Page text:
|2020-04-23 来源： 中国石化新闻网|
郝芬 译自 能源世界网
UK becomes world's cheapest natural gas market
Britain has become the world's cheapest natural gas market as the front-month contract fell below its U.S. counterpart this week in a rare event caused by falling energy demand owing to the coronavirus outbreak.
The last time this happened was a decade ago in the aftermath of the global financial crisis of 2007/08.
The U.S. Henry Hub gas price is usually considered the floor for European gas prices. The drop in UK gas below the U.S. price has made it not only the cheapest in Europe but globally.
The May contract on the UK's National Balancing Point (NBP) hub closed on Monday at $1.72 per million British thermal units (mmBtu), $0.20 below U.S. Henry Hub May futures , Refinitiv price data showed.
On Tuesday, the UK contract shed more value, trading around $1.63 per mmBtu in the afternoon.
"Today there was another realisation that demand has been affected globally and there is concern about a second wave of COVID-19 and social distancing measures could last for at least 12 months," said Wayne Bryan, director of European gas research at Refinitiv.
In continental Europe, prices are at premium to the NBP.
On the Dutch market, the most liquid in Europe, the May contract closed slightly above $2 per mmBtu on Monday and fell to about $1.90 per mmBtu on Tuesday, Refinitiv data showed.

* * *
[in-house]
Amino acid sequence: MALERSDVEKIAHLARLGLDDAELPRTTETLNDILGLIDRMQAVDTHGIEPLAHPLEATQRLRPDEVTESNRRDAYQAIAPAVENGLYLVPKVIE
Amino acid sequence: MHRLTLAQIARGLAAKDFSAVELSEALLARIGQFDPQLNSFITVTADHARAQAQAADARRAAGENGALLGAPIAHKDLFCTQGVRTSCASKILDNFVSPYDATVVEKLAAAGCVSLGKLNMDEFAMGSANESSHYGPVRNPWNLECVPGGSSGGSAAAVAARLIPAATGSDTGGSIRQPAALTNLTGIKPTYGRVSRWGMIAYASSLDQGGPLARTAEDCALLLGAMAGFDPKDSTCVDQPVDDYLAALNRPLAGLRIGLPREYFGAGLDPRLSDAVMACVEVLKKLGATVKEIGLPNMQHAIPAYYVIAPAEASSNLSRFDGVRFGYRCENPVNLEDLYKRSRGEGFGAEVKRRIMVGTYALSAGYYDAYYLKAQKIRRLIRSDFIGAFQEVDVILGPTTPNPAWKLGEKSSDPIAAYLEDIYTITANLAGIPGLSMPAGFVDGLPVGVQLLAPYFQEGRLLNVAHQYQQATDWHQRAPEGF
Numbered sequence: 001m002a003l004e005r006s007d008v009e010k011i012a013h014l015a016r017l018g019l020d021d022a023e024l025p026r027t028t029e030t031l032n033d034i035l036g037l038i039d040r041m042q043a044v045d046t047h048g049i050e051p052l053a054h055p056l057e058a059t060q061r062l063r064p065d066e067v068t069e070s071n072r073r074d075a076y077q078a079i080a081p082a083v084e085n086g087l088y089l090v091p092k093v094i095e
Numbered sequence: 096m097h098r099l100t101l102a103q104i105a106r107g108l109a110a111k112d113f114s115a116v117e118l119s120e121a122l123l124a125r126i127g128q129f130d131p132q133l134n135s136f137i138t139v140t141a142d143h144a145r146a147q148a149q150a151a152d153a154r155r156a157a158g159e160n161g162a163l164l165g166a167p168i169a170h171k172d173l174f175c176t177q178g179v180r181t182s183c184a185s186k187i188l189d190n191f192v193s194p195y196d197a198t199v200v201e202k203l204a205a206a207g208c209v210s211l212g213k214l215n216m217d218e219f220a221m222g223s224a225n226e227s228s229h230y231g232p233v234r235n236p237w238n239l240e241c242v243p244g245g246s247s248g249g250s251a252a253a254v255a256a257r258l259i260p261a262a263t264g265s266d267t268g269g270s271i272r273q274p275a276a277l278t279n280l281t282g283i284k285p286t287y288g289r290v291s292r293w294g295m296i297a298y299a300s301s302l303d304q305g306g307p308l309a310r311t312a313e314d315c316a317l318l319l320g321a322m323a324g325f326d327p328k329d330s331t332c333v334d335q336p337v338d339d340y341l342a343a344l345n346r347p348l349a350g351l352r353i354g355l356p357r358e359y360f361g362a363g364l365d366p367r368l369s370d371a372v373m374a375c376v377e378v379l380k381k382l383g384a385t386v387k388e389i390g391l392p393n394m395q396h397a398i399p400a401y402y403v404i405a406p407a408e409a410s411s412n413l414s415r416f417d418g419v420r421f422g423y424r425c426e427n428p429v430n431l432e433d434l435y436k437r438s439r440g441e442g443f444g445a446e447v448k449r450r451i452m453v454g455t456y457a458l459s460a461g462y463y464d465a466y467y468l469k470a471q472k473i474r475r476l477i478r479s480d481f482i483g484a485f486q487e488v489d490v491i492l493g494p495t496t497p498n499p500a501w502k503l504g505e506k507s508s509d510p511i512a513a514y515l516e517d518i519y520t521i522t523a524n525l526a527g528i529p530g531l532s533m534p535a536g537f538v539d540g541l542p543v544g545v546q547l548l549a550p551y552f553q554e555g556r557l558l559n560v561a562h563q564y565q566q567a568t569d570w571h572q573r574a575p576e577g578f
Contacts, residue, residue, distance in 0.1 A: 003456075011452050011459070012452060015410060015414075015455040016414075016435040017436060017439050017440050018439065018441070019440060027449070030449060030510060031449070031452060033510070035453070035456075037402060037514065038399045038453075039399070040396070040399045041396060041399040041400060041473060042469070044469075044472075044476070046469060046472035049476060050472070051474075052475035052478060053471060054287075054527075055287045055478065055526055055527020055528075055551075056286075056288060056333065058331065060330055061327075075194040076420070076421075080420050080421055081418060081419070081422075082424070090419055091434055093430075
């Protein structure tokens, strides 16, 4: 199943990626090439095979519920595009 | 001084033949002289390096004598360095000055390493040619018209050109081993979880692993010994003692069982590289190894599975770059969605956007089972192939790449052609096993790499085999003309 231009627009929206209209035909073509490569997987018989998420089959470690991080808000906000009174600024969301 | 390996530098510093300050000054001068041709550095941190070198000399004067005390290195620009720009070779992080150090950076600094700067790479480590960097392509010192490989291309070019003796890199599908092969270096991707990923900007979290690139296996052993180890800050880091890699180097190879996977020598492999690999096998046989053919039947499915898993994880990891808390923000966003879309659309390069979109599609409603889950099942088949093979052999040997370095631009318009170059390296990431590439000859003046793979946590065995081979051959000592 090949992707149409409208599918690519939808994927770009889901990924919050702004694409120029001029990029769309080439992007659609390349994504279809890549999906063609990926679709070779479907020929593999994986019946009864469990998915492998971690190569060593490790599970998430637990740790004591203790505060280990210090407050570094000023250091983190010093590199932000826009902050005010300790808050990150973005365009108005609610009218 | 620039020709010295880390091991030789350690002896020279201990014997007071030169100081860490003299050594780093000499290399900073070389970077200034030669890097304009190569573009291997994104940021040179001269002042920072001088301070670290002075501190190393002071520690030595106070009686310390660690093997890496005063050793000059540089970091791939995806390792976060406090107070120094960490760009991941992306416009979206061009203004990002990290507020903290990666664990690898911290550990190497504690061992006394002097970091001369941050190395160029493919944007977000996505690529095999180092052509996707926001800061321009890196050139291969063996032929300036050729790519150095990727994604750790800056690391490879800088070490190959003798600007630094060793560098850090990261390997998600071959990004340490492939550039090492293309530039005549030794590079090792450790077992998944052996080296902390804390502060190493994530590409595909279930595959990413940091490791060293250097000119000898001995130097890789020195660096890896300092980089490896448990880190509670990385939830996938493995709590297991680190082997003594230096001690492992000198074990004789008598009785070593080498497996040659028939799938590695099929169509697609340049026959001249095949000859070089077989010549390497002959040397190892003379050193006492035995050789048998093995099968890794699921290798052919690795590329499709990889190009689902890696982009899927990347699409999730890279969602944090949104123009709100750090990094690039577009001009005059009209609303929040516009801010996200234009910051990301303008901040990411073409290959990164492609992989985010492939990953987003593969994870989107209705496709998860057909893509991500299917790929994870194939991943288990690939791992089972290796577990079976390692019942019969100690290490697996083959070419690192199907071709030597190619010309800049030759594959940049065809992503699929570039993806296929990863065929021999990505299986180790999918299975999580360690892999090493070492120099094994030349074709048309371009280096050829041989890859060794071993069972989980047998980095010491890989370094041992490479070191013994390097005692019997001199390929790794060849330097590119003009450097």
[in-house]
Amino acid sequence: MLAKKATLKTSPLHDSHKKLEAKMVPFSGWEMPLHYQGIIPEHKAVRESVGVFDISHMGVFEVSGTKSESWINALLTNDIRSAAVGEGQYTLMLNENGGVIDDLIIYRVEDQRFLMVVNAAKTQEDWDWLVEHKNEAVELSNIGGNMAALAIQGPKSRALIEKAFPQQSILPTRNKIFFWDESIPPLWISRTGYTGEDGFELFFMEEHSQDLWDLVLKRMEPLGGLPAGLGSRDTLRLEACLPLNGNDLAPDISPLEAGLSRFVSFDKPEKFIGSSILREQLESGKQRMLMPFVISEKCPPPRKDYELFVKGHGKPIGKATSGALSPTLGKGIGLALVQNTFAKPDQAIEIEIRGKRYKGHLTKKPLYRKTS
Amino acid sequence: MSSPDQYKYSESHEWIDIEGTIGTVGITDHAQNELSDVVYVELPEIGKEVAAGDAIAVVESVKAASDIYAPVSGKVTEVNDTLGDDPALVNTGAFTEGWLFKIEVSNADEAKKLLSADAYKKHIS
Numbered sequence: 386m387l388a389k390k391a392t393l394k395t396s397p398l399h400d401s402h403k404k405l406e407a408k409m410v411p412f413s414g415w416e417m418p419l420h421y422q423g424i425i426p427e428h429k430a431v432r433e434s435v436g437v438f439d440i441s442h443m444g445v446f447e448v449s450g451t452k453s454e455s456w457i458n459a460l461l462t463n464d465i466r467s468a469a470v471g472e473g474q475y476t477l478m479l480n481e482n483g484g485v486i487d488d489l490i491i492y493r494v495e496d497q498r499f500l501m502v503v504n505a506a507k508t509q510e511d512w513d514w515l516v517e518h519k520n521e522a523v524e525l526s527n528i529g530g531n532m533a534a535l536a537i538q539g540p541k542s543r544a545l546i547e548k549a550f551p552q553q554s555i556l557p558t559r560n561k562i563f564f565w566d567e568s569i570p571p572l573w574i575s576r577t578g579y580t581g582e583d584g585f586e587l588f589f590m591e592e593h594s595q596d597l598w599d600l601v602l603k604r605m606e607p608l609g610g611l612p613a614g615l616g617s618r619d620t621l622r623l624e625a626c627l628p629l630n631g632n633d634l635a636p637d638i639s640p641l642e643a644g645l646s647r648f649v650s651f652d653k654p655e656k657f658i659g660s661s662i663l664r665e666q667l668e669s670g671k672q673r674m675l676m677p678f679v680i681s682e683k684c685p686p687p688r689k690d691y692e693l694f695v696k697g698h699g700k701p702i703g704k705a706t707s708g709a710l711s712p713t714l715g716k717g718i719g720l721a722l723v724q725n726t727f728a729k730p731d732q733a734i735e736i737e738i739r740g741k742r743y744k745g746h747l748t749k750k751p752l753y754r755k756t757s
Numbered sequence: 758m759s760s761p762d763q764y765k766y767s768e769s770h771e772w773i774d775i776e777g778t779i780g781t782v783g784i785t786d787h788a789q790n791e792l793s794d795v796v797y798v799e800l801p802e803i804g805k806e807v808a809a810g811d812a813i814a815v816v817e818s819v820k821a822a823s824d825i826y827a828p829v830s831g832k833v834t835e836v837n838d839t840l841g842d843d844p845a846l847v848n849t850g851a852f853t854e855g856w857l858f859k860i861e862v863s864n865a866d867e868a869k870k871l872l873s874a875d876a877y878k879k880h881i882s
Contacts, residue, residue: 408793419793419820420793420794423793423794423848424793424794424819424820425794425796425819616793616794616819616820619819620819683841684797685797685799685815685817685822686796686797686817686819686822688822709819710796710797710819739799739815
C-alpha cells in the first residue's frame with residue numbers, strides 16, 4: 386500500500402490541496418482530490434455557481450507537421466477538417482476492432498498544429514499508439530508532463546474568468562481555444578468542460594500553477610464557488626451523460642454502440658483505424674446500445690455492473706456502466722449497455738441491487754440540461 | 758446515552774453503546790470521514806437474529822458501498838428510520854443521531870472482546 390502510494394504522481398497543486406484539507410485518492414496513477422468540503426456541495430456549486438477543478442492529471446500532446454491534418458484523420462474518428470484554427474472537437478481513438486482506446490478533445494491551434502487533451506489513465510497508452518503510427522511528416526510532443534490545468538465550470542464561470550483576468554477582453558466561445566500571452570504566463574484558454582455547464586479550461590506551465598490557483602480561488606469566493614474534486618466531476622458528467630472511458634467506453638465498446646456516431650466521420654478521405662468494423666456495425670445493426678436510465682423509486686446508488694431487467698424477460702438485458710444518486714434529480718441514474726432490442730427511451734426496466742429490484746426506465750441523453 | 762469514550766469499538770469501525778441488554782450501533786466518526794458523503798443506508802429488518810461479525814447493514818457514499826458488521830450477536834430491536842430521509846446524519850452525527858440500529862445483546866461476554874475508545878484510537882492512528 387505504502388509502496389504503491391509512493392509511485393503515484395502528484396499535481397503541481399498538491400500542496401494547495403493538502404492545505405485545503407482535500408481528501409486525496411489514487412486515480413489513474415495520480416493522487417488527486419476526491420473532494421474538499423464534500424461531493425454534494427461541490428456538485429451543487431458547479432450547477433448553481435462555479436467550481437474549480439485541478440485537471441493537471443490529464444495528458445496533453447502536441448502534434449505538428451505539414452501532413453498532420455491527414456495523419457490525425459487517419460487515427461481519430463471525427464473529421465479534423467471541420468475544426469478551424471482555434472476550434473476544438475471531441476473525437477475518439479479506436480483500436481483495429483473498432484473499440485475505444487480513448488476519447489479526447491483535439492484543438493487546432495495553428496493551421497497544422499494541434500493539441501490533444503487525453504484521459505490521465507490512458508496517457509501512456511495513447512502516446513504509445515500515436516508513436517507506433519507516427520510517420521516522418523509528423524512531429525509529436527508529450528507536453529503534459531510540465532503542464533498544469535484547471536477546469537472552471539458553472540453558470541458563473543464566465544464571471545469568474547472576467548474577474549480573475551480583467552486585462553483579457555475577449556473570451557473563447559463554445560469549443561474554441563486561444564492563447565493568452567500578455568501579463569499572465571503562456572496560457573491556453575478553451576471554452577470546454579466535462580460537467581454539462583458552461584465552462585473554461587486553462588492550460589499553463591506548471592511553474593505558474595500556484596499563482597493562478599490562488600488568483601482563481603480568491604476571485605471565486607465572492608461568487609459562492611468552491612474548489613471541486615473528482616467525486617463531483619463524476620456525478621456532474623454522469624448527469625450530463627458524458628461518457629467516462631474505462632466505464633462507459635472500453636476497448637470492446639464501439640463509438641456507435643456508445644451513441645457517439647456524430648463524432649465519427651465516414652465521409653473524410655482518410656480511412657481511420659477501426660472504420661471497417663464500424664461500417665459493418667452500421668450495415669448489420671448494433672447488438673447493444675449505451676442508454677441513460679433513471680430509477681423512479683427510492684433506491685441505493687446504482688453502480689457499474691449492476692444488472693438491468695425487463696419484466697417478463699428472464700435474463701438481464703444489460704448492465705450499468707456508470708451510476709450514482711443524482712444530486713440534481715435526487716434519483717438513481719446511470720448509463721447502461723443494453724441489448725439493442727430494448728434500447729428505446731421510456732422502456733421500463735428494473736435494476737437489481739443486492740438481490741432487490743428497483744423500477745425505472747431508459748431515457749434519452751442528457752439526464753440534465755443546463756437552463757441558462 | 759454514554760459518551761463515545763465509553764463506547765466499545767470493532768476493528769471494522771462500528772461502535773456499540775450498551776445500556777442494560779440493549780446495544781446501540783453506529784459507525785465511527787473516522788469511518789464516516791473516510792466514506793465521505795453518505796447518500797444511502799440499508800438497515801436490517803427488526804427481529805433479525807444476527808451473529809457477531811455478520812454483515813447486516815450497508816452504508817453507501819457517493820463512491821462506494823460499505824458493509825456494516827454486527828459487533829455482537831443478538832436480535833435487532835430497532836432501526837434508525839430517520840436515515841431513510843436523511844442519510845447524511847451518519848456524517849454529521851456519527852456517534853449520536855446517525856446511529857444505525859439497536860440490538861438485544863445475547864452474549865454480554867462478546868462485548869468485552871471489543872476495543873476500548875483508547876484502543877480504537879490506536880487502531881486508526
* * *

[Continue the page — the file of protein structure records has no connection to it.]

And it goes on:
In Asia, liquefied natural gas (LNG) prices are slightly above $2 per mmBtu.
"UK natural gas demand in April has been very low due to lockdowns," said Carlos Torres-Diaz, head of gas and power markets at consultancy Rystad Energy.
"So far, demand from the power sector has dropped 34 per cent from March to April and 8 per cent in the industrial sector. The drop in total demand has now been exacerbated as the weather has turned warmer and windier resulting in even less gas demand for power and in the residential sector."
In the United States, industrial demand remained strong despite the coronavirus crisis and the market remained balanced, with strong injections into storage, Torres-Diaz added.
Another reason for the weak UK prices is the continued arrival of liquefied natural gas (LNG) cargoes to Britain.
"LNG will be strong again (in May) with no possibility to cancel cargoes as it's too late to meet deadlines," one gas trader said.
Qatari arrivals have been strong, with cargoes that cannot find a home in Asia being delivered to Europe, mostly to Britain, gas traders said.
A total of 12 cargoes from Qatar are expected to be discharged in Britain by the end of the month, two more than in April 2019, Refinitiv data showed.
Four cargoes from the United States arrived in Britain this month, compared with one in April 2019, but there have been no cargoes since April 9.
"If you look at the absolute price and the production costs, then it is clear that less (U.S.) LNG will come," a gas trader said.